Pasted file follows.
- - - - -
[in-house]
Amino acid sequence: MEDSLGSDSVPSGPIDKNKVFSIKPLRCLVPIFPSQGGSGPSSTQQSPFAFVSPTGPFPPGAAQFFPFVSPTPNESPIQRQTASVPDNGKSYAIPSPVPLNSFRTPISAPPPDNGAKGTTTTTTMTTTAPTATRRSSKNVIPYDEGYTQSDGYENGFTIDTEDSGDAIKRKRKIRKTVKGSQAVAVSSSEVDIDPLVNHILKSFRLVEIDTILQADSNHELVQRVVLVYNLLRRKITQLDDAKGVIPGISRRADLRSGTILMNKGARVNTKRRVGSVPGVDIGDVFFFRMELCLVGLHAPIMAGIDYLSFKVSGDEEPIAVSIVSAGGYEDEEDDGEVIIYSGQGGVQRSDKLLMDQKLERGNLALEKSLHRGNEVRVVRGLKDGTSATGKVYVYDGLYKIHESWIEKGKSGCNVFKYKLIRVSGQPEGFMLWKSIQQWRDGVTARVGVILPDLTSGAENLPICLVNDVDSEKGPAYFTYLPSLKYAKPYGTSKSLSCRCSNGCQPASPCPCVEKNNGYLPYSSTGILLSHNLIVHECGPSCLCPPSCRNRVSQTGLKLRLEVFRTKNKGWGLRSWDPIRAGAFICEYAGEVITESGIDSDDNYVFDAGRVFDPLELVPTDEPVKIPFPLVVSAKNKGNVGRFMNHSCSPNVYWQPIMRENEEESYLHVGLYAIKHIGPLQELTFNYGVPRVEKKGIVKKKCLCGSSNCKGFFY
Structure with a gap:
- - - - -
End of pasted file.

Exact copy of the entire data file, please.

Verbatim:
[in-house]
Amino acid sequence: MEDSLGSDSVPSGPIDKNKVFSIKPLRCLVPIFPSQGGSGPSSTQQSPFAFVSPTGPFPPGAAQFFPFVSPTPNESPIQRQTASVPDNGKSYAIPSPVPLNSFRTPISAPPPDNGAKGTTTTTTMTTTAPTATRRSSKNVIPYDEGYTQSDGYENGFTIDTEDSGDAIKRKRKIRKTVKGSQAVAVSSSEVDIDPLVNHILKSFRLVEIDTILQADSNHELVQRVVLVYNLLRRKITQLDDAKGVIPGISRRADLRSGTILMNKGARVNTKRRVGSVPGVDIGDVFFFRMELCLVGLHAPIMAGIDYLSFKVSGDEEPIAVSIVSAGGYEDEEDDGEVIIYSGQGGVQRSDKLLMDQKLERGNLALEKSLHRGNEVRVVRGLKDGTSATGKVYVYDGLYKIHESWIEKGKSGCNVFKYKLIRVSGQPEGFMLWKSIQQWRDGVTARVGVILPDLTSGAENLPICLVNDVDSEKGPAYFTYLPSLKYAKPYGTSKSLSCRCSNGCQPASPCPCVEKNNGYLPYSSTGILLSHNLIVHECGPSCLCPPSCRNRVSQTGLKLRLEVFRTKNKGWGLRSWDPIRAGAFICEYAGEVITESGIDSDDNYVFDAGRVFDPLELVPTDEPVKIPFPLVVSAKNKGNVGRFMNHSCSPNVYWQPIMRENEEESYLHVGLYAIKHIGPLQELTFNYGVPRVEKKGIVKKKCLCGSSNCKGFFY
Structure with a gap: